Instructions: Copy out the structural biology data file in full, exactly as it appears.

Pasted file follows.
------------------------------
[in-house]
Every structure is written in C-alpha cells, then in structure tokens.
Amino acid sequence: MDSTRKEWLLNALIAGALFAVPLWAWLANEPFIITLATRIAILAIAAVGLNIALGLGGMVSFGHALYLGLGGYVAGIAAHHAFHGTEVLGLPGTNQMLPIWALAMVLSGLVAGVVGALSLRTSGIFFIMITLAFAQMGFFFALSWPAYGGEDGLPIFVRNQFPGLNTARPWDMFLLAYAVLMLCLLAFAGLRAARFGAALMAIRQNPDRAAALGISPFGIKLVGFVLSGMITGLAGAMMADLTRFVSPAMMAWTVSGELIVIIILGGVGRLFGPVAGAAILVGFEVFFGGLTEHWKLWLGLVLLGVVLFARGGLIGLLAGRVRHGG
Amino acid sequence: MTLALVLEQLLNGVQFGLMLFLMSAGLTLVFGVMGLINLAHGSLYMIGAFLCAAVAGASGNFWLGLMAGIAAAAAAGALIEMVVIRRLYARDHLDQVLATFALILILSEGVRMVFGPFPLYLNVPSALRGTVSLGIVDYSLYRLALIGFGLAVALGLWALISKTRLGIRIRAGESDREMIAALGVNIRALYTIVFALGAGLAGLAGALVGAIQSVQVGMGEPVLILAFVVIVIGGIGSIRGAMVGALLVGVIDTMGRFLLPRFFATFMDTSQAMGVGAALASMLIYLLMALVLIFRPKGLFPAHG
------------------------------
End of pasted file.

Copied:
[in-house]
Every structure is written in C-alpha cells, then in structure tokens.
Amino acid sequence: MDSTRKEWLLNALIAGALFAVPLWAWLANEPFIITLATRIAILAIAAVGLNIALGLGGMVSFGHALYLGLGGYVAGIAAHHAFHGTEVLGLPGTNQMLPIWALAMVLSGLVAGVVGALSLRTSGIFFIMITLAFAQMGFFFALSWPAYGGEDGLPIFVRNQFPGLNTARPWDMFLLAYAVLMLCLLAFAGLRAARFGAALMAIRQNPDRAAALGISPFGIKLVGFVLSGMITGLAGAMMADLTRFVSPAMMAWTVSGELIVIIILGGVGRLFGPVAGAAILVGFEVFFGGLTEHWKLWLGLVLLGVVLFARGGLIGLLAGRVRHGG
Amino acid sequence: MTLALVLEQLLNGVQFGLMLFLMSAGLTLVFGVMGLINLAHGSLYMIGAFLCAAVAGASGNFWLGLMAGIAAAAAAGALIEMVVIRRLYARDHLDQVLATFALILILSEGVRMVFGPFPLYLNVPSALRGTVSLGIVDYSLYRLALIGFGLAVALGLWALISKTRLGIRIRAGESDREMIAALGVNIRALYTIVFALGAGLAGLAGALVGAIQSVQVGMGEPVLILAFVVIVIGGIGSIRGAMVGALLVGVIDTMGRFLLPRFFATFMDTSQAMGVGAALASMLIYLLMALVLIFRPKGLFPAHG